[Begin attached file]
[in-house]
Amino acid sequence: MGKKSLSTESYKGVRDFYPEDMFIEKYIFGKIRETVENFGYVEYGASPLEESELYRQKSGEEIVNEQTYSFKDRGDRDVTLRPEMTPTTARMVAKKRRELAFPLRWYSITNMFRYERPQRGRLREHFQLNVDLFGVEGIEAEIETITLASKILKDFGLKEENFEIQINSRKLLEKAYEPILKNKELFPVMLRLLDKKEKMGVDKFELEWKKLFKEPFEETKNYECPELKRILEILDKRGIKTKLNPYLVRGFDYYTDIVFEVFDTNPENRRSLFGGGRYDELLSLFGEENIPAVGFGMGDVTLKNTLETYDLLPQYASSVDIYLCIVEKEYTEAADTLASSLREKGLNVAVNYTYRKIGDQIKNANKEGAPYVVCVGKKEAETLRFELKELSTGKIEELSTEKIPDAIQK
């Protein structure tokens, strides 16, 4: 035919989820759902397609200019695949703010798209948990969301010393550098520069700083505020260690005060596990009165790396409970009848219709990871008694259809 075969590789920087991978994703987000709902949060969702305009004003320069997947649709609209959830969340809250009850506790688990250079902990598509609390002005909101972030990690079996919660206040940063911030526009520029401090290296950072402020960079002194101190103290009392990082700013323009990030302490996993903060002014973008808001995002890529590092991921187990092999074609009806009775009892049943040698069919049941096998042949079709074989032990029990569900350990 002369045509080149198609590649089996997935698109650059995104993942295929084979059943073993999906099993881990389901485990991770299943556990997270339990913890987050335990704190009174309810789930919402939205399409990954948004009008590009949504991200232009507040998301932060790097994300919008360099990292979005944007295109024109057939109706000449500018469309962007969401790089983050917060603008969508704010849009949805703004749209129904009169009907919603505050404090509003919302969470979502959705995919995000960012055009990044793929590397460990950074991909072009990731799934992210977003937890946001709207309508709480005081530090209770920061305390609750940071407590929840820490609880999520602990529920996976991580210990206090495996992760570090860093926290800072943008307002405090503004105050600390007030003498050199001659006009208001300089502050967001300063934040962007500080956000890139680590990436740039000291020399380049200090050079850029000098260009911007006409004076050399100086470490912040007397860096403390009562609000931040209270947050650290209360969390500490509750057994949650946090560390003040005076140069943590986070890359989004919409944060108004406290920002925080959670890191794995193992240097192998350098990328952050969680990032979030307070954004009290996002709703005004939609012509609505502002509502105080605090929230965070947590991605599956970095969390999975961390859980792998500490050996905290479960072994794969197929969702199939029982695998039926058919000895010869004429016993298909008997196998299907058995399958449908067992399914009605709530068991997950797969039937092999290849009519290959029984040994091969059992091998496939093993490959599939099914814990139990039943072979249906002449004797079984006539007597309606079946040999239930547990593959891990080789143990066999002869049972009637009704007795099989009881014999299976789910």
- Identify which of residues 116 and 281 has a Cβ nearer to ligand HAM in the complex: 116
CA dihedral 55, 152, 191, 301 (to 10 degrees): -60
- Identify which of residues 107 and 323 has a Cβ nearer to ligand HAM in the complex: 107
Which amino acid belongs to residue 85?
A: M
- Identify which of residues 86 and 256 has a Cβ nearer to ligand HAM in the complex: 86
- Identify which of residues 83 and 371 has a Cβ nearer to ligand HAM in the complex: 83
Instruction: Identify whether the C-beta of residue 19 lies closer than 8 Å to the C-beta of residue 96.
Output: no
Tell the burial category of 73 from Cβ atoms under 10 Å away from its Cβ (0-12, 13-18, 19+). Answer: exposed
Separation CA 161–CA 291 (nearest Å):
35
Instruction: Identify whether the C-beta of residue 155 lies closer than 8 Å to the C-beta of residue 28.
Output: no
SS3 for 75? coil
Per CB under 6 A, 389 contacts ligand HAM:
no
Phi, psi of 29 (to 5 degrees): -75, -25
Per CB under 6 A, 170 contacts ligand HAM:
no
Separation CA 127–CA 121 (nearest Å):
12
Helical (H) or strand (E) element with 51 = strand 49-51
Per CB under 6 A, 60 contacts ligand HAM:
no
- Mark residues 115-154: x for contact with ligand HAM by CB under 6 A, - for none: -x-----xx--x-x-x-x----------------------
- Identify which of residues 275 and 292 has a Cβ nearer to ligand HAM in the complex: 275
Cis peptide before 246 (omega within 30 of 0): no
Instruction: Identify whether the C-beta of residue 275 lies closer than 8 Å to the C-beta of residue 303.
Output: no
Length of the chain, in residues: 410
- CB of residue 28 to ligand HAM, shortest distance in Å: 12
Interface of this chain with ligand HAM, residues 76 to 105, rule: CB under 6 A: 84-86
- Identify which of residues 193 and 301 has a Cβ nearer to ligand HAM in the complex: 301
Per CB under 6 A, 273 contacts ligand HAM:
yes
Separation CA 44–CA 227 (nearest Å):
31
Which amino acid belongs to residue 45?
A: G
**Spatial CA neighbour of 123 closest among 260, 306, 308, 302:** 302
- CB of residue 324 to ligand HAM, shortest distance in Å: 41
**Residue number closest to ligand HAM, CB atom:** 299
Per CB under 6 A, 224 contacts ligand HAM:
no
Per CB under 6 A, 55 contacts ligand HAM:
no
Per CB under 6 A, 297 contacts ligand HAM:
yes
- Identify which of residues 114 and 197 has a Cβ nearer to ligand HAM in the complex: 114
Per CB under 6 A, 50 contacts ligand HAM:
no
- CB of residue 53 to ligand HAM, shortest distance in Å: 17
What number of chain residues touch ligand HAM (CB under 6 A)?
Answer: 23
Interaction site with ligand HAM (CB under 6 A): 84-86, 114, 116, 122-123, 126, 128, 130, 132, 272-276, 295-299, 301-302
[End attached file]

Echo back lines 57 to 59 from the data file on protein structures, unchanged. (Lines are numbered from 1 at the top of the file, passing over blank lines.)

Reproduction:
What number of chain residues touch ligand HAM (CB under 6 A)?
Answer: 23
Interaction site with ligand HAM (CB under 6 A): 84-86, 114, 116, 122-123, 126, 128, 130, 132, 272-276, 295-299, 301-302